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Intelligent Life Magazine: 10 Great Rock Songs of 2010

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This year has already brought many excellent rock songs. Tim de Lisle picks the best of them ...

From INTELLIGENT LIFE Magazine, Spring 2010

MASSIVE ATTACK  SPLITTING THE ATOM (from the album Heligoland)
With “100th Window”, Massive Attack went from elegantly gloomy to downright miserable. Now they’ve bounced back to merely brooding. This song is almost catchy, with deep vocals from Robert del Naja and Grant Marshall and high ones from Horace Andy.

SADE  SOLDIER OF LOVE (Soldier of Love)
Never prolific, Sade has now got her productivity down to about four minutes of music a year, but these four minutes are worth it: a clattering electronic spin on a martial beat, dramatic chords and a big simple melody. If you find Sade soporific, this is the song to change your mind.

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VAMPIRE WEEKEND  RUN (Contra)
The second album from the Ivy League boys with the African guitars (pictured) is as full of energy and melody as the first, and this song, although it falls back on an overtired title, wins you over with its storming momentum.

LAWRENCE ARABIA  LOOK LIKE A FOOL (Chant Darling)
Don’t be put off by the name: Lawrence Arabia is actually a New Zealander called James. This is a bittersweet gem, with music that is romantic, nostalgic, steeped in the Sixties, and words that are bitingly modern, as the singer berates himself for his amorous bumbling.

CHARLOTTE GAINSBOURG
  DANDELION (IRM)
Gainsbourg’s third album, named after the MRI scans she required after suffering a brain haemorrhage, is mainly co-written with the Californian singer-songwriter Beck. Even his protean talent struggles to bridge the gap between the French and Anglo-American pop traditions, but this track is a treat—a deliciously casual two-string blues with an intimate vocal.

LAURA VEIRS  SUN IS KING (July Flame)
Laura Veirs ought to be better-known than she is. This skewed country song shows off her radiant voice, sharp eye, and a feel for nature that is rare in a business where most people view the world through sunglasses, darkly.

PETER GABRIEL  THE BOY IN THE BUBBLE and LISTENING WIND (Scratch My Back)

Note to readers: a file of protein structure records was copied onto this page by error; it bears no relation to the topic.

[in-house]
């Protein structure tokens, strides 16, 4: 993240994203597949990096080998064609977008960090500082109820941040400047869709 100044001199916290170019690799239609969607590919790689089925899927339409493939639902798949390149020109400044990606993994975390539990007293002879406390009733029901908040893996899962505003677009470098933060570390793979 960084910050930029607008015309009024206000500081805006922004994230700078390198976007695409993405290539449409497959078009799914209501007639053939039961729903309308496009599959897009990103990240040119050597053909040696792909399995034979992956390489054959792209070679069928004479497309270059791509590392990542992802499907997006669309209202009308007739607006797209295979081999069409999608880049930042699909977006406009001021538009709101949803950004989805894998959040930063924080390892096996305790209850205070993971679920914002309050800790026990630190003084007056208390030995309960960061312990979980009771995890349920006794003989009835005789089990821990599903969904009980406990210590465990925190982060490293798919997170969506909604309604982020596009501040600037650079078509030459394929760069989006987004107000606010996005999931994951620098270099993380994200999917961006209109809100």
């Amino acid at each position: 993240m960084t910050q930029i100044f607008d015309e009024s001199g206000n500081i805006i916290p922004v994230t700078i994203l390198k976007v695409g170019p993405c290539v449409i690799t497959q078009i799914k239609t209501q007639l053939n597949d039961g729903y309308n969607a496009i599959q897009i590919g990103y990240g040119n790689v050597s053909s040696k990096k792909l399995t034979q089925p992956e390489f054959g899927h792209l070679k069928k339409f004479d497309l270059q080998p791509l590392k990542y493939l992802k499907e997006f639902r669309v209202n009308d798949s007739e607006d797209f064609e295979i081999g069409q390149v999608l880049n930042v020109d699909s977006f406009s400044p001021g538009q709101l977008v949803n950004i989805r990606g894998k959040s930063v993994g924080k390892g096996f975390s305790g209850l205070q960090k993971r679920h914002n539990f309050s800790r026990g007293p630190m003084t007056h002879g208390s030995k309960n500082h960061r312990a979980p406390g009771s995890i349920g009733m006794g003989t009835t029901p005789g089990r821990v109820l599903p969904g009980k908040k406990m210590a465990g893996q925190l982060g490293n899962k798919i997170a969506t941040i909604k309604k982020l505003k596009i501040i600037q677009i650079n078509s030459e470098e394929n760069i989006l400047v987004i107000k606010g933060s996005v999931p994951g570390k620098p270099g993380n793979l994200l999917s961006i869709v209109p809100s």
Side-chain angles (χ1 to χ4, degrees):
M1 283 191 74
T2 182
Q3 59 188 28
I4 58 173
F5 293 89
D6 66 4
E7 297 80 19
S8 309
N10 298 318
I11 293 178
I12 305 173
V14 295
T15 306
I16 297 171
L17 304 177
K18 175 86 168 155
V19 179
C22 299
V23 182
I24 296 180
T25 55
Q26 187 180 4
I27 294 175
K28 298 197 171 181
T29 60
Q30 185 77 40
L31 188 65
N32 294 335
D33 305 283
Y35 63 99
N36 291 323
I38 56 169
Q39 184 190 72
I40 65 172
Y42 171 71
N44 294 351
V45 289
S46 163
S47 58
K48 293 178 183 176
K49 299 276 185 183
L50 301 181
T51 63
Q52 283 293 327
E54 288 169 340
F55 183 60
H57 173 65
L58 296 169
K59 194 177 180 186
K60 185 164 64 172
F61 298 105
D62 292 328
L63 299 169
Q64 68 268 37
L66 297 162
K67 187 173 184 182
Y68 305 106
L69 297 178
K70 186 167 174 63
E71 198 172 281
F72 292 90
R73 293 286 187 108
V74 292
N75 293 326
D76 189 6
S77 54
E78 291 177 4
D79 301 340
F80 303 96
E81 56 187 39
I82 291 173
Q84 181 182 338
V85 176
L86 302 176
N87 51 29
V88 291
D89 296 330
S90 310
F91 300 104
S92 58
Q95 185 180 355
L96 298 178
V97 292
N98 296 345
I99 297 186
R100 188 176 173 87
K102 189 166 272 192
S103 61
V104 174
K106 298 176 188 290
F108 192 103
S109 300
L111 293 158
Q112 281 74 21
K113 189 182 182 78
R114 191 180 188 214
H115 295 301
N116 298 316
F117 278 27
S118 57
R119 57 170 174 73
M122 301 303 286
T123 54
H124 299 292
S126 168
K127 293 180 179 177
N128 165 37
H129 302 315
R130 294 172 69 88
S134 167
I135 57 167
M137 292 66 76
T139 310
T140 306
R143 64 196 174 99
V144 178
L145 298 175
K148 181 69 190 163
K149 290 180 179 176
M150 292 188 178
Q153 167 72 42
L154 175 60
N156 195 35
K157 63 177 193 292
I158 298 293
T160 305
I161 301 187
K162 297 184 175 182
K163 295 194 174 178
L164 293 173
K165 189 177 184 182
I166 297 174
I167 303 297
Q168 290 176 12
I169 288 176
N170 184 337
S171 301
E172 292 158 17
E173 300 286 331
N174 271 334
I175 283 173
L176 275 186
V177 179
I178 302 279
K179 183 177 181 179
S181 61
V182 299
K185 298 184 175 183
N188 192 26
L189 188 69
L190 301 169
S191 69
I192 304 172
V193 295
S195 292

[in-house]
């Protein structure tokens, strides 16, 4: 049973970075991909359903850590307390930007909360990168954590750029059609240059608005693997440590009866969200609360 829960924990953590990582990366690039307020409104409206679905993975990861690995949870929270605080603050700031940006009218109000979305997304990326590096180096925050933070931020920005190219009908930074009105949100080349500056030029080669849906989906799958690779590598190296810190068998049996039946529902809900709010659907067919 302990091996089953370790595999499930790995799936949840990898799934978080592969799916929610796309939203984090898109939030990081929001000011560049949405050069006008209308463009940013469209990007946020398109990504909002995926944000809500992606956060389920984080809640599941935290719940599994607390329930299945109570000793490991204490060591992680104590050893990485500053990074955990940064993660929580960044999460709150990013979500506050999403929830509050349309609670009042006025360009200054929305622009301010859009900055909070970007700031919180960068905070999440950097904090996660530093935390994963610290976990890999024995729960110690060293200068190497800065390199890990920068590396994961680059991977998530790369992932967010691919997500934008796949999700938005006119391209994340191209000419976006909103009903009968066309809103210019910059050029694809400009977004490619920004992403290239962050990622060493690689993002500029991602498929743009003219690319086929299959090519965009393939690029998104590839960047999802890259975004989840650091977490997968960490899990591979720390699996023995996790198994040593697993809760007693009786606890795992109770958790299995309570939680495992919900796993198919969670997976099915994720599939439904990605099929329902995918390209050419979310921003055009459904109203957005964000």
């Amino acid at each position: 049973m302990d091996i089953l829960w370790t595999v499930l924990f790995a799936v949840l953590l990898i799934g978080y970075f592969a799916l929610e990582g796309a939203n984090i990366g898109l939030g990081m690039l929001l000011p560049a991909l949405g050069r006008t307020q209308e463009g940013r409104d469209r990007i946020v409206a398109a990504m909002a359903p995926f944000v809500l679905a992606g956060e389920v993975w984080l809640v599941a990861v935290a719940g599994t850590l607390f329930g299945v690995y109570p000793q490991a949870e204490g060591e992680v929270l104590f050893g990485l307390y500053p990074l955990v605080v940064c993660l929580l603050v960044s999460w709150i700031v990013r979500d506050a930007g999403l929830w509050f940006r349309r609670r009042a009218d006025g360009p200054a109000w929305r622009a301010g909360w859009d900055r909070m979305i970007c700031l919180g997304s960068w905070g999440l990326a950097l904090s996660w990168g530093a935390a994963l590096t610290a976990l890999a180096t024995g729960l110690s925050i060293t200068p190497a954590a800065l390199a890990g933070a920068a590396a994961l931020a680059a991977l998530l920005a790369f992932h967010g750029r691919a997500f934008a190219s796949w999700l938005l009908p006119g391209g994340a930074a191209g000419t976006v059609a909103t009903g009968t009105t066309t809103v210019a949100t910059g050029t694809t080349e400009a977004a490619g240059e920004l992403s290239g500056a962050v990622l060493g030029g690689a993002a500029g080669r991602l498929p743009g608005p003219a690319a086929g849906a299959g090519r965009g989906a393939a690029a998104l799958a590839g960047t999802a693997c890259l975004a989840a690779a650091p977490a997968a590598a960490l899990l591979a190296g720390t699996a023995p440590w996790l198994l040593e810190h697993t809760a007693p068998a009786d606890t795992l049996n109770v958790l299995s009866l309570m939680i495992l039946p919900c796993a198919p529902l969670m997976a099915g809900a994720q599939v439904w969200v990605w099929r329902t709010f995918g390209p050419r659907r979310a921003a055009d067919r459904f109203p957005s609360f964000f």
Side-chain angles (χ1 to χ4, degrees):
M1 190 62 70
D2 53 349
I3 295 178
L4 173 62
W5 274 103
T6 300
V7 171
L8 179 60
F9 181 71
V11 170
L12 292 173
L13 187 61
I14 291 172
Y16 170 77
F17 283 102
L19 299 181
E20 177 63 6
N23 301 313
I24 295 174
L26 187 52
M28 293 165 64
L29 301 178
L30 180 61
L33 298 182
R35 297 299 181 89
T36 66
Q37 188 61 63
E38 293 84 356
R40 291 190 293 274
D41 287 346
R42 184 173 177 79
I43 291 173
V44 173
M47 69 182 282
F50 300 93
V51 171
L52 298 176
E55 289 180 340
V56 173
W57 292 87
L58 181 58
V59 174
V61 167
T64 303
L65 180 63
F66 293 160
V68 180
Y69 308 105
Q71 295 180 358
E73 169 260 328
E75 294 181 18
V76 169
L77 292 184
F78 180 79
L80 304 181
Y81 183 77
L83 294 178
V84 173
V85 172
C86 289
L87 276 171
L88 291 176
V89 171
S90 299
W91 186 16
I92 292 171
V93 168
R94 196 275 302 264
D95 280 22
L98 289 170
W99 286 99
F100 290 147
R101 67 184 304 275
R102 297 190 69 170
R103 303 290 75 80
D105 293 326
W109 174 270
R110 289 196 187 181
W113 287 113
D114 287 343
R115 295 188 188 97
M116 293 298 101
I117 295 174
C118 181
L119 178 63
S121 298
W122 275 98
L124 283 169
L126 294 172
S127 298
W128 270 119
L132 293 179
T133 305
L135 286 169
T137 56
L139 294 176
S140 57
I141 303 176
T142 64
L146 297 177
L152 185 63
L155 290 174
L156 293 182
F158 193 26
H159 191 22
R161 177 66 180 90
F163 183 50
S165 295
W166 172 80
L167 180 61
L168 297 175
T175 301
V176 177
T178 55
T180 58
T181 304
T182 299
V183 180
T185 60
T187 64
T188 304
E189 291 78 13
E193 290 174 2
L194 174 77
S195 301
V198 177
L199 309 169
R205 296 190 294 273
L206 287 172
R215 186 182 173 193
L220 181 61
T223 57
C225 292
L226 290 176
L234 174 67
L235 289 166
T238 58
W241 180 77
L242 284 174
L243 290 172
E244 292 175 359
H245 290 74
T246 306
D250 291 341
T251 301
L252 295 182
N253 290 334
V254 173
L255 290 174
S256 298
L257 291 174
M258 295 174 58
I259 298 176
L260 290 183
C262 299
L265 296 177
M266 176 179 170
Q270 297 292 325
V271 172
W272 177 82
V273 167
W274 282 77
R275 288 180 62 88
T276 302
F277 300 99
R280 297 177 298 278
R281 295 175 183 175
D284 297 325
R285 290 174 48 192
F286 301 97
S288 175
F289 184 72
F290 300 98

Both these songs started out as part of classic African-flavoured American albums of the 1980s. Paul Simon’s “Boy in the Bubble” is an exuberant piece of township jive from “Graceland”. Gabriel boldly ditches the exuberance, replacing it with a soulful pensiveness. “Listening Wind”, from Talking Heads’ “Remain in Light” (1980), is a haunting snapshot, looking back at America through third-world eyes. Gabriel tackles both, like all the songs on the album, without guitars or drums, using strings and horns to bring out hidden flavours. His voice, older and rougher now, suits the pin-sharp prescience of both lyrics.

CORINNE BAILEY RAE  I WOULD LIKE TO CALL IT BEAUTY (The Sea)
Bailey Rae’s second album, dedicated to her late husband, is a miraculously even piece of work, full of grief but free from its clichés. This song, inspired by a remark from her husband’s brother, is a subtle ballad, beautifully sung.

GORILLAZ  STYLO (Plastic Beach)
Damon Albarn’s virtual band are back, five years after the scintillating “Demon Days”. “Stylo” sounds like that but different, with a fat synthesised bassline that could be Heaven 17, a cheery disco chorus that could be Sister Sledge, and a scorching guest vocal that could be, and is, Bobby Womack.

(Tim de Lisle is editor of Intelligent Life magazine and the rock critic at the Mail on Sunday in London. The last playlist was by David Hepworth)

Picture Credit: Bee Skutch

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